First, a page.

Finally, the board concluded:


* * * We conclude that applicant's mark does not so resemble opposer's mark "FERRO" as to be likely when applied to applicant's goods to cause confusion or mistake or deception.

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In commencing our review of this appeal, we are struck by the resemblance of this situation to that presented before this court in Ferro Corporation v. Ronco Laboratories, Inc., 356 F.2d 122, 53 CCPA 913 (1966). In that proceeding the same opposer,Ferro Corporation, relying on the same trademark registrations as are presently relied upon, sought to oppose registration of the mark "FERROGARD" for rust preventative oils, conceded by appellant in this appeal to be the same product. This court affirmed the decision of the Trademark Trial and Appeal Board dismissing the opposition, stating:


Considering the many dissimilarities between appellant's marks and the mark sought to be registered, we agree with appellee's argument and the board's holding. It is not believed that appellant is, by virtue of prior registrations, entitled to the sole possession of the term "ferro."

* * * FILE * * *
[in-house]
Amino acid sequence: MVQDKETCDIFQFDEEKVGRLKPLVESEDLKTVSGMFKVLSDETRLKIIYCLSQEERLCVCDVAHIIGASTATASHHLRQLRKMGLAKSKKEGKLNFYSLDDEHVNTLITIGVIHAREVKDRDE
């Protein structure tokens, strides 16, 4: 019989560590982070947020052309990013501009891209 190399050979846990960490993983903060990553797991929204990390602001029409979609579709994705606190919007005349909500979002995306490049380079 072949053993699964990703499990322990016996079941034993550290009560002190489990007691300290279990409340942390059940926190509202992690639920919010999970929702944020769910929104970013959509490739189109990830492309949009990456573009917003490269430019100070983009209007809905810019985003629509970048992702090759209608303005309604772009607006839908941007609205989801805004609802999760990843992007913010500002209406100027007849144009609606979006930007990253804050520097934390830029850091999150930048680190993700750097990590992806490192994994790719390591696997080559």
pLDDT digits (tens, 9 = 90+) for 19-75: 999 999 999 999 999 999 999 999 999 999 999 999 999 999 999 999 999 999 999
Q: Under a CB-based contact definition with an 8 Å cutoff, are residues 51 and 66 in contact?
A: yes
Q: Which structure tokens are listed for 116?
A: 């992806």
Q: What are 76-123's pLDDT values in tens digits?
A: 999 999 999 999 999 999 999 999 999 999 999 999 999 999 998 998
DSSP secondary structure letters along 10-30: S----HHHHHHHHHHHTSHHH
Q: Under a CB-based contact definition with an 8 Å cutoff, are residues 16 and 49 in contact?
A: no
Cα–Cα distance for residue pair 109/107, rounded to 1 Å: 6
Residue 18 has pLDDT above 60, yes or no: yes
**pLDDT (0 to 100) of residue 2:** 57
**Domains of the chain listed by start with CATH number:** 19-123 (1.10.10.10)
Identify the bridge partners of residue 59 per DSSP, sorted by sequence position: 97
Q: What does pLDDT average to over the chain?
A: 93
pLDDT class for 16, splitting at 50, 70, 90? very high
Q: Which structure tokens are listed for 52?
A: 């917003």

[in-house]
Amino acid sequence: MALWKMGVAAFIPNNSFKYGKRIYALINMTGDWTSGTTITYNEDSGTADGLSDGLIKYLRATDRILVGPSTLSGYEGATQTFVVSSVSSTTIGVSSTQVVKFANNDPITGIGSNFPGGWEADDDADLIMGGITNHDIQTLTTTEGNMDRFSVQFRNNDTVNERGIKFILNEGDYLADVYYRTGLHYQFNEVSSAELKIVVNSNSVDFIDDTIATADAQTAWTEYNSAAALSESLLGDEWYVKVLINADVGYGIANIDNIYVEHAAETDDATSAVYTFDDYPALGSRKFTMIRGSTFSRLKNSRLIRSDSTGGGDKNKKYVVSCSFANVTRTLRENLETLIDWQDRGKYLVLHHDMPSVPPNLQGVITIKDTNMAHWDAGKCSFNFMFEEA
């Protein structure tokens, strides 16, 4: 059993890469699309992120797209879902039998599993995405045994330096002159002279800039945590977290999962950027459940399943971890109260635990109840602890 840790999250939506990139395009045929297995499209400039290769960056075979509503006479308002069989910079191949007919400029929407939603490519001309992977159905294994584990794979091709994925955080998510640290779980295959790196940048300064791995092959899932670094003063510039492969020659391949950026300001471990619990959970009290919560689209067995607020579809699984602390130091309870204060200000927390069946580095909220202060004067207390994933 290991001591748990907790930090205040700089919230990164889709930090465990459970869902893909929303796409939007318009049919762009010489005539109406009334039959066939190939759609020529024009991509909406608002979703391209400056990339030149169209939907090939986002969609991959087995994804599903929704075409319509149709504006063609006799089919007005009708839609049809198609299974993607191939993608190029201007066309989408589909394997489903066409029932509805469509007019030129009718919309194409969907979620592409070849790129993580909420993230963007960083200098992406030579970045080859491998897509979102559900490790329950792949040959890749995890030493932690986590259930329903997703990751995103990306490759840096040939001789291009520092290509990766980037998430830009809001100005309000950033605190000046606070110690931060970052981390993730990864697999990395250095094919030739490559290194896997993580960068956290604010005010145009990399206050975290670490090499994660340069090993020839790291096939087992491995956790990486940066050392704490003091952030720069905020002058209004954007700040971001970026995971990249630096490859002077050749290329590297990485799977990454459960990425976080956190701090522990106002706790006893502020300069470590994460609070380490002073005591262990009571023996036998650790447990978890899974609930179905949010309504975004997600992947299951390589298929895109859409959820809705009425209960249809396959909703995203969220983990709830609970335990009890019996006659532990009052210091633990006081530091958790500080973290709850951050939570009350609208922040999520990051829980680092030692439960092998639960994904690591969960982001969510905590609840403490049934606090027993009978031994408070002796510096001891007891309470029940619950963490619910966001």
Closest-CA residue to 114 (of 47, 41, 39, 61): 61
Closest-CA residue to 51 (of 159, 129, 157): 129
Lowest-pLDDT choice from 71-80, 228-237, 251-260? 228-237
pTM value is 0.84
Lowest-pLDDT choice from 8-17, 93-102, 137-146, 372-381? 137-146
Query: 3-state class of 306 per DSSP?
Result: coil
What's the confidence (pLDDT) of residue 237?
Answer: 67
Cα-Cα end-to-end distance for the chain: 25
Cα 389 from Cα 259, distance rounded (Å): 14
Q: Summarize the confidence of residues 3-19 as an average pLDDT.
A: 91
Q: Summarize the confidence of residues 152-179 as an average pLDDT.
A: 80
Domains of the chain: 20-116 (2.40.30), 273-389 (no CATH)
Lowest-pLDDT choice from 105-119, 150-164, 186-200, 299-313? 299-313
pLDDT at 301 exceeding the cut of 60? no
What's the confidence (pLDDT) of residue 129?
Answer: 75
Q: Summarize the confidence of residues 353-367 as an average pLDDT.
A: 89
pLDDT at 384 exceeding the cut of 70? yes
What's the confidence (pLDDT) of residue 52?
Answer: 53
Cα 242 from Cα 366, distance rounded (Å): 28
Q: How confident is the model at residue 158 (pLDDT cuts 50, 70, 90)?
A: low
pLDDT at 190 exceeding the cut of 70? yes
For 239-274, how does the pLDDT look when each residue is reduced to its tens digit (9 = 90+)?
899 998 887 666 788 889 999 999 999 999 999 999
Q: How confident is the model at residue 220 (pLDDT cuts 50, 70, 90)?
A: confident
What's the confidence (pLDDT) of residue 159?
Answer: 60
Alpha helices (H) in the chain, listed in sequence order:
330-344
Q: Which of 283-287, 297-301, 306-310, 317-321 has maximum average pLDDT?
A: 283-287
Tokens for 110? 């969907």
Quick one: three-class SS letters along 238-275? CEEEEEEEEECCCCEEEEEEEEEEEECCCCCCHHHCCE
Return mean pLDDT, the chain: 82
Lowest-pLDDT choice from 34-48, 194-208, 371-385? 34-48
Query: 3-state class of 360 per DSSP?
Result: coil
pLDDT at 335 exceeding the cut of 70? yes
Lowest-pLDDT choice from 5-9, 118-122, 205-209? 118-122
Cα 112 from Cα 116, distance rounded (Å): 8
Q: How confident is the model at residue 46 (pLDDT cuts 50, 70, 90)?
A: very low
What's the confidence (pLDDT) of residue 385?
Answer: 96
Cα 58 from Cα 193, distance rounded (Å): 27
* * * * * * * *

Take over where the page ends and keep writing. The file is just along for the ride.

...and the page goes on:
In assessing the persuasive weight to be given to the Ronco case, we take note of certain factual distinctions in that case. Most obvious of these distinctions is, of course, the difference between the marks FERROCOTE involved in the present appeal and FERROGARD involved in Ronco. In Ronco the mark "FERROGARD" sought to be registered included a design. As a result, there was a greater visual distinction between the marks in Ronco than in the present situation in which the mark "FERROCOTE" is not accompanied by a design. Appellant, however, has attached no legal significance to this distinction and neither do we in the particular situation before us.